The gracious folks at IAP2 BC have welcomed their Yukon neighbors to join their chapter and events. 
Emily Jarvis gives Yukon a “look-in” at IAP2 BC
As a kick-off event, a joint live webcast was hosted in October between Whitehorse, Kelowna and Vancouver with about 60 folks participating in the concurrent event.  The topic was: Yukon Ho! Adventures in P2. Yukon P2 practitioners Kara Johancsik and Emily Jarvis with the Yukon government joined contractor John Glynn-Morris (contractor) to share what’s going on with P2 in Yukon. There’s a lot going on that needs the P2 touch, with 11 self-governing First Nations; limited connectivity and remote communities; and some big public policy questions.  
A ‘celebrity-interview’ style podcast kicked off the event with other Yukoners sharing in the Yukon story.  The live-event was followed by excellent questions from folks in Kelowna and Vancouver and then each location wrapped up with their own mingling and networking events. 
From here, the Yukon-crew will join (and hopefully contribute to) future IAP2 BC events.  And, Yukon’s own Emily Jarvis has joined the IAP2 BC Board. A big thank you to Kari O’Rourke in Kelowna for making the venue and refreshments arrangements and hosting colleagues there who are also very keen to be part of future events.


The Prairies Chapter hosted Stephani Roy McCallum for A deep dive into the messy, scary challenges of public participationHow to Handle Emotion and Outrage in Engagement on November 5.  Thirteen participants literally braved the storm to attend the Deep Dive evening event  from a range of sectors. It was valuable to hear Stephani’s real life accounts of navigating conflict and emotion in engagement. Participants were happy to share their own challenging experiences and brainstorm alternative approaches navigating similar situations in the future.

Our AGM is set for January 24. Events will be hosted in Saskatoon, Regina, and Winnipeg.

Cinq excellentes raisons d’assister au Symposium des compétences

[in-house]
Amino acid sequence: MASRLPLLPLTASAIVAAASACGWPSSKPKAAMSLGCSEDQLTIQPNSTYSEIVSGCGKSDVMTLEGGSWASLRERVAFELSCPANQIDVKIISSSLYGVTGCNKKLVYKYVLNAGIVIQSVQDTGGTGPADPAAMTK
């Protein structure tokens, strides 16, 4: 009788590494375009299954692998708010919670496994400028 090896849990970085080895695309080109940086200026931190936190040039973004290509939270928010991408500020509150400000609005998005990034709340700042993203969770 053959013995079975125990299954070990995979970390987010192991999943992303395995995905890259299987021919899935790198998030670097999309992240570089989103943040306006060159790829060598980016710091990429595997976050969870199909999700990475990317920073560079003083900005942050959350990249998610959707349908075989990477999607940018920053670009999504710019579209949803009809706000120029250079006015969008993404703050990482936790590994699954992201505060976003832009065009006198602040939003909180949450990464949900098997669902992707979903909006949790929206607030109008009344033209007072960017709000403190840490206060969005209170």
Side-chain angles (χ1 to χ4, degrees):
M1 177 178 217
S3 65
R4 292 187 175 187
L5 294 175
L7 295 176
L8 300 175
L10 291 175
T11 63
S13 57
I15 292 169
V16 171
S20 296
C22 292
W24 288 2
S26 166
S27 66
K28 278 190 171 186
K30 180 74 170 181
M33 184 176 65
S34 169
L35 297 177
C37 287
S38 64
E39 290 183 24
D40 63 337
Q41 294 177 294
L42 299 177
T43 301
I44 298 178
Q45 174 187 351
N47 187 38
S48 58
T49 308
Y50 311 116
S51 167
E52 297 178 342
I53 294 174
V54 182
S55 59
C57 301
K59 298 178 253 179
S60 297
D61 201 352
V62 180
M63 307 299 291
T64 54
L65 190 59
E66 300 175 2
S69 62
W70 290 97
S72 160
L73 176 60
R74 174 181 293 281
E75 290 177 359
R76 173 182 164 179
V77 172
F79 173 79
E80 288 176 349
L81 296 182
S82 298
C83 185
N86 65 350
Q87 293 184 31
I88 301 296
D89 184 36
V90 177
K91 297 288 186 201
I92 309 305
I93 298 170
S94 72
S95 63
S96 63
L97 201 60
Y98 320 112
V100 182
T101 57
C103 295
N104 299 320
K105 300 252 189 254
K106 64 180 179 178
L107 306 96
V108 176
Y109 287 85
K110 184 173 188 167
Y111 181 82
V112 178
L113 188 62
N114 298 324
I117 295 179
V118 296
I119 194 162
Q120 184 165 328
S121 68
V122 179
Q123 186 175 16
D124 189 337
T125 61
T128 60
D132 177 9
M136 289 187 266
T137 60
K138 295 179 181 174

Vous devez convaincre quelqu’un de vous laisser assister au Symposium des compétences 2019?

Le Symposium des compétences 2019 de l’AIP2 Canada aura lieu prochainement, du 18 au 22 mars, à Gatineau (Québec). C’est l’occasion idéale d’éduquer, d’engager et de dynamiser, en plus de perfectionner votre savoir-faire, tout en étant entouré de collègues du domaine de la P2.

Vous êtes conscient des avantages que vous procurera votre participation à l’événement, mais que faire si cela signifie devoir vous absenter du travail pendant une semaine? Comment expliquer le retour sur investissement?


  1. Les bonnes pratiques de P2 se traduisent par de bonnes décisions. Votre organisation tire pleinement profit lorsque vous actualisez vos compétences et excellez dans votre travail.
  2. Les bonnes pratiques de P2 favorisent de bonnes relations publiques. Votre organisation paraît mieux lorsqu’elle écoute mieux.
  3. Les bonnes pratiques de P2 mènent à l’efficacité. De plus en plus de gens demandent d’être impliqués dans les décisions qui les touchent; la mise en œuvre de bonnes pratiques de P2 dès le départ engendre des résultats durables et diminue les retards attribuables aux procédures.
  4. Les bonnes pratiques de P2 sont en constante évolution. Le Symposium attire des formateurs de renommée internationale, hautement expérimentés, qui vous apprendront comment planifier et mettre en œuvre des processus de P2 fructueux. Le Symposium constitue une rare occasion de suivre une grande variété de cours au même endroit!
  5. Les bonnes pratiques de P2 valent la peine d’être partagées. Vous aurez l’occasion de réseauter et de rencontrer d’autres professionnels de la P2 : pensez à tout ce que vous apprendrez et pourrez transmettre à votre organisation dès votre retour, nul besoin de réinventer la roue!

Consultez la liste des cours qui seront offerts et inscrivez-vous dès aujourd’hui.

Voici également une excellente raison de planifier votre présence au Symposium DÈS MAINTENANT : les tarifs pour inscription anticipée prennent fin le 18 janvier. Alors ne tardez pas! Choisissez les cours qui vous intéressent et réservez votre chambre à l’hôtel Four Points by Sheraton, où se tiendra le Symposium, afin de vous joindre à nous pour cet événement dans la Capitale nationale!

Pour obtenir de plus amples renseignements, consultez notre site Web.

5 Good Reasons to attend the Skills Symposium

Need to convince someone that you should go to the 2019 Skills Symposium?

The 2019 IAP2 Canadian Skills Symposium is coming up – March 18 – 22 in Gatineau, QC. It’s your time to educate, engage and empower; to bolster your P2 know-how, surrounded by P2 colleagues.